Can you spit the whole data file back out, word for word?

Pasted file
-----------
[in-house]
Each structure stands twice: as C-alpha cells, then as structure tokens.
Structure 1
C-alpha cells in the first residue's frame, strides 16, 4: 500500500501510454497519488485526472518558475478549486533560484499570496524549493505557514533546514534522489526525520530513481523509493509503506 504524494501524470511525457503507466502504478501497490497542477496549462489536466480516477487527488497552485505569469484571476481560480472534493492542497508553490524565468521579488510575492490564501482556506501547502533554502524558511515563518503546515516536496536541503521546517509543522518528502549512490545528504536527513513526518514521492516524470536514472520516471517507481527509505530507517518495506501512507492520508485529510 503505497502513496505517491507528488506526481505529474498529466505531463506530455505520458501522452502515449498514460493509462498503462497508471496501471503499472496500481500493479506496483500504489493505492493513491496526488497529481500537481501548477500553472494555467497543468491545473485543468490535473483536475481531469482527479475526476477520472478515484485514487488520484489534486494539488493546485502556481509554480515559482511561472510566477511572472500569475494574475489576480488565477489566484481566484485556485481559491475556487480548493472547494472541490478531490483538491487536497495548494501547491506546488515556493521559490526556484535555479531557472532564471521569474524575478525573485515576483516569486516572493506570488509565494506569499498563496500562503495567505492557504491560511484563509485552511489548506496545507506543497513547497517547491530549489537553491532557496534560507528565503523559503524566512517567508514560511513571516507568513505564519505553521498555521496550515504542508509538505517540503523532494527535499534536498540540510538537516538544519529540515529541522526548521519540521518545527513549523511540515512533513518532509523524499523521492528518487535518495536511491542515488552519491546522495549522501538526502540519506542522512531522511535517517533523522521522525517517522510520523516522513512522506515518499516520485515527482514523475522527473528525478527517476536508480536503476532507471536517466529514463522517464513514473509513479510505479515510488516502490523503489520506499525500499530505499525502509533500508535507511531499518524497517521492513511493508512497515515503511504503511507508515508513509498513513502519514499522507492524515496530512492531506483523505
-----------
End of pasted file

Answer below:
[in-house]
Each structure stands twice: as C-alpha cells, then as structure tokens.
Structure 1
C-alpha cells in the first residue's frame, strides 16, 4: 500500500501510454497519488485526472518558475478549486533560484499570496524549493505557514533546514534522489526525520530513481523509493509503506 504524494501524470511525457503507466502504478501497490497542477496549462489536466480516477487527488497552485505569469484571476481560480472534493492542497508553490524565468521579488510575492490564501482556506501547502533554502524558511515563518503546515516536496536541503521546517509543522518528502549512490545528504536527513513526518514521492516524470536514472520516471517507481527509505530507517518495506501512507492520508485529510 503505497502513496505517491507528488506526481505529474498529466505531463506530455505520458501522452502515449498514460493509462498503462497508471496501471503499472496500481500493479506496483500504489493505492493513491496526488497529481500537481501548477500553472494555467497543468491545473485543468490535473483536475481531469482527479475526476477520472478515484485514487488520484489534486494539488493546485502556481509554480515559482511561472510566477511572472500569475494574475489576480488565477489566484481566484485556485481559491475556487480548493472547494472541490478531490483538491487536497495548494501547491506546488515556493521559490526556484535555479531557472532564471521569474524575478525573485515576483516569486516572493506570488509565494506569499498563496500562503495567505492557504491560511484563509485552511489548506496545507506543497513547497517547491530549489537553491532557496534560507528565503523559503524566512517567508514560511513571516507568513505564519505553521498555521496550515504542508509538505517540503523532494527535499534536498540540510538537516538544519529540515529541522526548521519540521518545527513549523511540515512533513518532509523524499523521492528518487535518495536511491542515488552519491546522495549522501538526502540519506542522512531522511535517517533523522521522525517517522510520523516522513512522506515518499516520485515527482514523475522527473528525478527517476536508480536503476532507471536517466529514463522517464513514473509513479510505479515510488516502490523503489520506499525500499530505499525502509533500508535507511531499518524497517521492513511493508512497515515503511504503511507508515508513509498513513502519514499522507492524515496530512492531506483523505